A Different Kind of Privilege Conversation

Good morning, lovely readers!

Today I want to talk about something that has been on my mind following a thought-provoking interaction with a friend.

A small group (including me and this friend) were prepping for a thing—the thing is not important in the context of the story aside from the fact that we were working on it together and made our way over to a discussion of privilege in the process.

But not the kind of discussion that you might typically see, where people “confess” which privileges they have and vow to stop using their privileges as though privilege were a sin.

Instead we started imagining that privileges could be purchased through a special, imaginary catalog, exploring which ones we each might choose to have if we could buy anything out of this catalog.

Most of the responses were pretty typical; I didn’t even have to think about mine before blurting out “visibility.” When it came time for my friend to go, he hesitated and pondered for a bit before expressing that this would seem off to some of us because of his being straight, white, and a cisman, but he expressed that the privilege that he really wanted was the sense of connection and belonging to a culture or identity like he saw with some of us.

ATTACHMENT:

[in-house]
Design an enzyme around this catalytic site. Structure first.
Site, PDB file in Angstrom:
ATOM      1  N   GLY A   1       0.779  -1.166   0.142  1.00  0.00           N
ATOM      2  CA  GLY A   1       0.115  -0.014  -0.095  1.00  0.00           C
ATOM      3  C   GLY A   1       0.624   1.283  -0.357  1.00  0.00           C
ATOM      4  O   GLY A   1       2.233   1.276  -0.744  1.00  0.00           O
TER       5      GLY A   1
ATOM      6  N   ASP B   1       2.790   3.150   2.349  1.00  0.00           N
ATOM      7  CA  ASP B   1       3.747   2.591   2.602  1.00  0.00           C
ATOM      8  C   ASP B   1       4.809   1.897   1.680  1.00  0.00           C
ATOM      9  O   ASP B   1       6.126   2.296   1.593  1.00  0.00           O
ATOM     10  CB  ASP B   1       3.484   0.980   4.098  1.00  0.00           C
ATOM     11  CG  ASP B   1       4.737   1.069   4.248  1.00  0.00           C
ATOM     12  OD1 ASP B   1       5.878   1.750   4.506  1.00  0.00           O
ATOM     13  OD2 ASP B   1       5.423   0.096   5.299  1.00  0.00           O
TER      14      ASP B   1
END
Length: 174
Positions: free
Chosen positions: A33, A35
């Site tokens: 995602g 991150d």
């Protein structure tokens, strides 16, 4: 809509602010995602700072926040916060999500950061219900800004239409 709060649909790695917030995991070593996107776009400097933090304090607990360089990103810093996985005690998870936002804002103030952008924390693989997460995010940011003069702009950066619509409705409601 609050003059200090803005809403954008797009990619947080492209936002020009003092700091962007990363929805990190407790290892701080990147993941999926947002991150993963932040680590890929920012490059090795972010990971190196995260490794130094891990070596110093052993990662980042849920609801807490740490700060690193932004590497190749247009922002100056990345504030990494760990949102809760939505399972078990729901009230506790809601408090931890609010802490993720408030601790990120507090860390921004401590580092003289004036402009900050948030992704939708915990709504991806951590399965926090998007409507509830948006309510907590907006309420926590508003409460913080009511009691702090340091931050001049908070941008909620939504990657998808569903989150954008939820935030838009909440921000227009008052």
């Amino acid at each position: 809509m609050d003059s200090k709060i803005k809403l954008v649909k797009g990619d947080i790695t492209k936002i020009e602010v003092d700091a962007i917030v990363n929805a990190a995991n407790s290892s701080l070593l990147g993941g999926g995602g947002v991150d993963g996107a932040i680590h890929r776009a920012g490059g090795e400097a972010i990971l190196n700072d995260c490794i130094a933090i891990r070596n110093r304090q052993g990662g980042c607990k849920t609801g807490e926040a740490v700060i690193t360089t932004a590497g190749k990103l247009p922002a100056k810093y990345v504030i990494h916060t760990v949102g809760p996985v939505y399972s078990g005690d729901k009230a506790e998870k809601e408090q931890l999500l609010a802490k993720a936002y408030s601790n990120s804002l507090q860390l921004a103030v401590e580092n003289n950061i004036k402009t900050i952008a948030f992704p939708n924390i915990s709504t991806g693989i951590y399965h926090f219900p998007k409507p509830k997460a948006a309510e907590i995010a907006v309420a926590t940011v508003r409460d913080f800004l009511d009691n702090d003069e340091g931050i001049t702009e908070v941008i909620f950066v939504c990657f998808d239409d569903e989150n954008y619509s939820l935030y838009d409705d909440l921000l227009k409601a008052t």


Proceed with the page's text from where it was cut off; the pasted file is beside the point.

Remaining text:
The answer took me aback, but not because I have come to expect that socially conscious men acknowledge that they have “nothing but privilege” (not necessarily something I support, but a common enough reaction to privilege questions). Rather, it took me aback because of the intense longing I actually felt when he said that.

He pointed out to me something I didn’t even realize I had…which makes sense because you are typically blind to your privilege until you’re made aware of it, right? Right. Suddenly all those times that I had scoffed at people who said “Well when’s international men’s day?” or “We need a straight pride parade”—those times began to take on a different light.

Later, as he and I talked more, I began to realize that there isn’t really a positive identity towards which someone like him could turn.

As a woman, I can turn away from sexist characterizations of myself and draw on the beautiful feminist, body-positive, sex-positive, goddess spirituality that I have come to love. As a bi person, I can connect with the Queer community or specific bi groups where I can openly celebrate my identity, taking pride in my sexual orientation. Hell, I’ve even written posts about it.

I have long thought that it is important for marginalized individuals to find ways of celebrating and loving their marginalized parts so that the whole of their interaction with those parts isn’t just fighting against prejudice or discrimination.

But I literally never thought about people like my friend and how they are expected to disown, distance, or divorce themselves from the identity of oppressor but have no alternative positive version of the identity to seek. All the “pride” groups for privileged identities are associated with vitriolic hatred and intolerance. If someone says they have white pride—the context basically means they are a white supremacist. If someone says they have straight pride—the connotation is that they’re homophobic.